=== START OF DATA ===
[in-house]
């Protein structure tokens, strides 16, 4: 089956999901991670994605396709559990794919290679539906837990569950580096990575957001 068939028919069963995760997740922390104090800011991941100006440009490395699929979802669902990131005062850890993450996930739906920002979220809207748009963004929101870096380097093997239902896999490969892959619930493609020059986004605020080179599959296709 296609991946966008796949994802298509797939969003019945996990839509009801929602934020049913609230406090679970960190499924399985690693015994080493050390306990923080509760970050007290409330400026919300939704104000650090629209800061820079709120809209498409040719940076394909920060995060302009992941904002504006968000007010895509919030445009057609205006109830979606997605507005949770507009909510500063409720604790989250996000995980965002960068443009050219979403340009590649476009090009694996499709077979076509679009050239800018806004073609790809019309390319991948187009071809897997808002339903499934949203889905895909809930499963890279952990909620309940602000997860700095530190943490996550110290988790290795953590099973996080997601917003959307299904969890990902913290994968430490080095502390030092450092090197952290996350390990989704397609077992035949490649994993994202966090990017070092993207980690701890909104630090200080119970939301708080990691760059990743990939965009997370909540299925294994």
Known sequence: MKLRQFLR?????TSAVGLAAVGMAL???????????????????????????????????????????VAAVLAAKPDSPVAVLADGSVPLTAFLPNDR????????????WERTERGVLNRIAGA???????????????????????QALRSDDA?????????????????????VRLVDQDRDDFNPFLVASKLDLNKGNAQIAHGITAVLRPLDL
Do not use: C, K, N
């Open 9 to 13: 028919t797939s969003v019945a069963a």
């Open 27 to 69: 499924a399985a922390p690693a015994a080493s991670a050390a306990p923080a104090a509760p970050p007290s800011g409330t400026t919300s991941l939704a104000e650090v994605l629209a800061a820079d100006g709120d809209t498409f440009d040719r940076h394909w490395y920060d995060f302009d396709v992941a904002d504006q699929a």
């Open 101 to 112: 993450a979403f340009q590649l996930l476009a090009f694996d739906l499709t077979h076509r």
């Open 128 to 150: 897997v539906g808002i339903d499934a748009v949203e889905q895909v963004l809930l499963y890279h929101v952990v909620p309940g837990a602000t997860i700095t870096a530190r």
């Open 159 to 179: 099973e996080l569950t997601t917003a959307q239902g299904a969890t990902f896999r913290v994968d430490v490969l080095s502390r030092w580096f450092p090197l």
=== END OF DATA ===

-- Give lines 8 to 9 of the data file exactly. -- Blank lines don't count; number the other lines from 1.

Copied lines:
């Open 128 to 150: 897997v539906g808002i339903d499934a748009v949203e889905q895909v963004l809930l499963y890279h929101v952990v909620p309940g837990a602000t997860i700095t870096a530190r």
């Open 159 to 179: 099973e996080l569950t997601t917003a959307q239902g299904a969890t990902f896999r913290v994968d430490v490969l080095s502390r030092w580096f450092p090197l």